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Walnuts for Heart Health?

A friend recently told me that walnuts are so healthy that they can reverse the harmful effects of a bad diet. True? What’s the story?

A
Answer (Published 12/21/2006)

I wouldn’t count on walnuts, or anything else, to protect against unhealthy eating habits, but it is true that Spanish researchers recently reported that eating about eight shelled walnuts worked better than olive oil at protecting arteries from damage that can follow a meal high in saturated fat.

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A bit of background: when you eat foods that are high in saturated fat (found in red meat, and full-fat dairy products such as whole milk, cheese, butter, and cream), an inflammatory response occurs which impairs the ability of the arteries to deliver blood to tissues and organs throughout the body. This inflammatory response also promotes formation of artery-clogging plaque that raises risk of heart attack.

In the Spanish study, researchers asked 24 volunteers to eat a salami and cheese sandwich on white bread followed by a serving of high-fat yogurt. Then, they gave half the volunteers eight shelled walnuts and gave the other half five teaspoons of olive oil. When the researchers did ultrasound examinations of the arteries of their participants, they found that those of the group that ate the walnuts remained more flexible and elastic than those of the group that consumed the olive oil.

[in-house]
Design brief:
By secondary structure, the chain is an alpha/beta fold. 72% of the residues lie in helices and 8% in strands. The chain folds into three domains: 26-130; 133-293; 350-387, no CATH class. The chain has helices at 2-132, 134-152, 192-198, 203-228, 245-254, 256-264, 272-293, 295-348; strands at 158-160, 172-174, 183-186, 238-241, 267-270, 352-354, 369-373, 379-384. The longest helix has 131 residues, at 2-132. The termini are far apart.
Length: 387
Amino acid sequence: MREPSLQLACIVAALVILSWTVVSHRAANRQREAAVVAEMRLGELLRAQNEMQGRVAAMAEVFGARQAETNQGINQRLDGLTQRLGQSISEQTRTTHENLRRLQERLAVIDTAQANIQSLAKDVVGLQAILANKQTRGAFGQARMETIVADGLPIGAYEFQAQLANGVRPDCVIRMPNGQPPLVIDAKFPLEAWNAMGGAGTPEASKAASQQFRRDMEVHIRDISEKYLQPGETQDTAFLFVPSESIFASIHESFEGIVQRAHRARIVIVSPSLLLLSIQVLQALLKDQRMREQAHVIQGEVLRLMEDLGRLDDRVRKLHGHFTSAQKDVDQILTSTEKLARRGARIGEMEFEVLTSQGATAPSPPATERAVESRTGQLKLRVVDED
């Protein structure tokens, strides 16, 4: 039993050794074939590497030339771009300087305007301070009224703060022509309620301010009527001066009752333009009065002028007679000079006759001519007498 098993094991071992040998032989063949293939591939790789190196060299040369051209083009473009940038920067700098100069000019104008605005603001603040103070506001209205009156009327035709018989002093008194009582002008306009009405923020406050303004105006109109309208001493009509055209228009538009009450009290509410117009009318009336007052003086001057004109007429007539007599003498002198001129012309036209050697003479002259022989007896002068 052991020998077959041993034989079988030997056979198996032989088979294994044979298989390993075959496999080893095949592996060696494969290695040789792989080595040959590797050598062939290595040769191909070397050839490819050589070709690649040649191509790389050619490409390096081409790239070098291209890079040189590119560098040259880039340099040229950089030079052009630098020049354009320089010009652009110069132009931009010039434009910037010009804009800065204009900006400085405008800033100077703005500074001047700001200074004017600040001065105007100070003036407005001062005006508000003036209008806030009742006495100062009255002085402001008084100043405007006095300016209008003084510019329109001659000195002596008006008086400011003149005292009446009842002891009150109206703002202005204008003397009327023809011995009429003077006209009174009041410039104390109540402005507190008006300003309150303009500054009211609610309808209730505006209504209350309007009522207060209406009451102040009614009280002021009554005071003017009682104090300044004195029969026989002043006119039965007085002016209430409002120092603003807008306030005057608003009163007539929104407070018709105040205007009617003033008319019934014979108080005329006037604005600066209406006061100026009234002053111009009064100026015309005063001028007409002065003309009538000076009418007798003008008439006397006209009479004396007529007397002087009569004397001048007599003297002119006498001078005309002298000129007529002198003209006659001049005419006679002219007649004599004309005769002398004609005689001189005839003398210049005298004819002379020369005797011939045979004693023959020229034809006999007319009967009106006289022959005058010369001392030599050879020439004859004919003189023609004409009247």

While both olive oil and walnuts have beneficial effects on arteries after a high fat meal (they reduce inflammation and oxidation), this study showed that only the walnuts maintained flexibility of the arteries. The researchers credited the alpha-linolenic acid (ALA) found in walnuts for this effect (ALA is an omega-3 fatty acid similar to those omega-3 fatty acids found in fish). The study was published in the October 17, 2006 issue of the Journal of the American College of Cardiology.

This study adds to earlier evidence attesting to the health benefits of walnuts. If you buy packaged walnuts, you’ve probably noticed the label claim stating that eating 1.5 ounces daily, as part of a low-saturated-fat and low-cholesterol diet, and not resulting in increased caloric intake, may reduce the risk of coronary heart disease. The Spanish researchers recommend a Mediterranean diet, which is low in saturated fats and is features high-quality fresh fruits and vegetables, nuts, legumes, unrefined cereals, olive oil, fermented dairy products such as yogurt and natural cheese, and fresh fish as daily staples. The diet doesn’t eliminate red meat but limits it to about one meal a month; similarly, poultry, eggs and sweets are permitted but are not for everyday consumption.

Walnuts are definitely good for you, as long as you don’t overdo it; like other nuts, they are relatively high in calories. I usually eat a handful a day.

Andrew Weil, M.D.

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